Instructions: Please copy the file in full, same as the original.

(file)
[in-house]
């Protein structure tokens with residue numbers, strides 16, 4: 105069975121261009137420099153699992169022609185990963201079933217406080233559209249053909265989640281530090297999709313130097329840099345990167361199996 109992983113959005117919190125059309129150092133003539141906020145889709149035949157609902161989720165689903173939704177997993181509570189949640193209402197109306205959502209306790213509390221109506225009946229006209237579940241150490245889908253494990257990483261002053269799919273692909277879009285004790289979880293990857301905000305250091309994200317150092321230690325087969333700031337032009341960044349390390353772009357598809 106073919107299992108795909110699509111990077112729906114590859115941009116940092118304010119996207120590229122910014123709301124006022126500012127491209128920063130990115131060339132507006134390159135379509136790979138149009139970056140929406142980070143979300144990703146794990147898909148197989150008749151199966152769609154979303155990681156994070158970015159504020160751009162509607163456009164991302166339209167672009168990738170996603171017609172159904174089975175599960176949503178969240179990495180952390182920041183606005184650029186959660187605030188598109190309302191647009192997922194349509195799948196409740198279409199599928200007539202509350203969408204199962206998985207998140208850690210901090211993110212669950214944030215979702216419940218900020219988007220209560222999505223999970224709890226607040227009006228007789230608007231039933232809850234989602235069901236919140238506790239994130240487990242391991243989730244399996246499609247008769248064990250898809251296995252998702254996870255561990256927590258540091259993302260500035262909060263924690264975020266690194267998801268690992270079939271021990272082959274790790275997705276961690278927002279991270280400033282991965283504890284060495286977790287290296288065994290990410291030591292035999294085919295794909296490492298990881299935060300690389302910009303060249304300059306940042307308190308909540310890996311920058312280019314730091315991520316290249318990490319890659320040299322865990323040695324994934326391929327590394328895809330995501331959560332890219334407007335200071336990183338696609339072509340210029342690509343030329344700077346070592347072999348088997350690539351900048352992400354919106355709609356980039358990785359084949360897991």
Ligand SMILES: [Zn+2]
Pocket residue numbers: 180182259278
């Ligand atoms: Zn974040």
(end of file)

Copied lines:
[in-house]
């Protein structure tokens with residue numbers, strides 16, 4: 105069975121261009137420099153699992169022609185990963201079933217406080233559209249053909265989640281530090297999709313130097329840099345990167361199996 109992983113959005117919190125059309129150092133003539141906020145889709149035949157609902161989720165689903173939704177997993181509570189949640193209402197109306205959502209306790213509390221109506225009946229006209237579940241150490245889908253494990257990483261002053269799919273692909277879009285004790289979880293990857301905000305250091309994200317150092321230690325087969333700031337032009341960044349390390353772009357598809 106073919107299992108795909110699509111990077112729906114590859115941009116940092118304010119996207120590229122910014123709301124006022126500012127491209128920063130990115131060339132507006134390159135379509136790979138149009139970056140929406142980070143979300144990703146794990147898909148197989150008749151199966152769609154979303155990681156994070158970015159504020160751009162509607163456009164991302166339209167672009168990738170996603171017609172159904174089975175599960176949503178969240179990495180952390182920041183606005184650029186959660187605030188598109190309302191647009192997922194349509195799948196409740198279409199599928200007539202509350203969408204199962206998985207998140208850690210901090211993110212669950214944030215979702216419940218900020219988007220209560222999505223999970224709890226607040227009006228007789230608007231039933232809850234989602235069901236919140238506790239994130240487990242391991243989730244399996246499609247008769248064990250898809251296995252998702254996870255561990256927590258540091259993302260500035262909060263924690264975020266690194267998801268690992270079939271021990272082959274790790275997705276961690278927002279991270280400033282991965283504890284060495286977790287290296288065994290990410291030591292035999294085919295794909296490492298990881299935060300690389302910009303060249304300059306940042307308190308909540310890996311920058312280019314730091315991520316290249318990490319890659320040299322865990323040695324994934326391929327590394328895809330995501331959560332890219334407007335200071336990183338696609339072509340210029342690509343030329344700077346070592347072999348088997350690539351900048352992400354919106355709609356980039358990785359084949360897991």
Ligand SMILES: [Zn+2]
Pocket residue numbers: 180182259278
């Ligand atoms: Zn974040």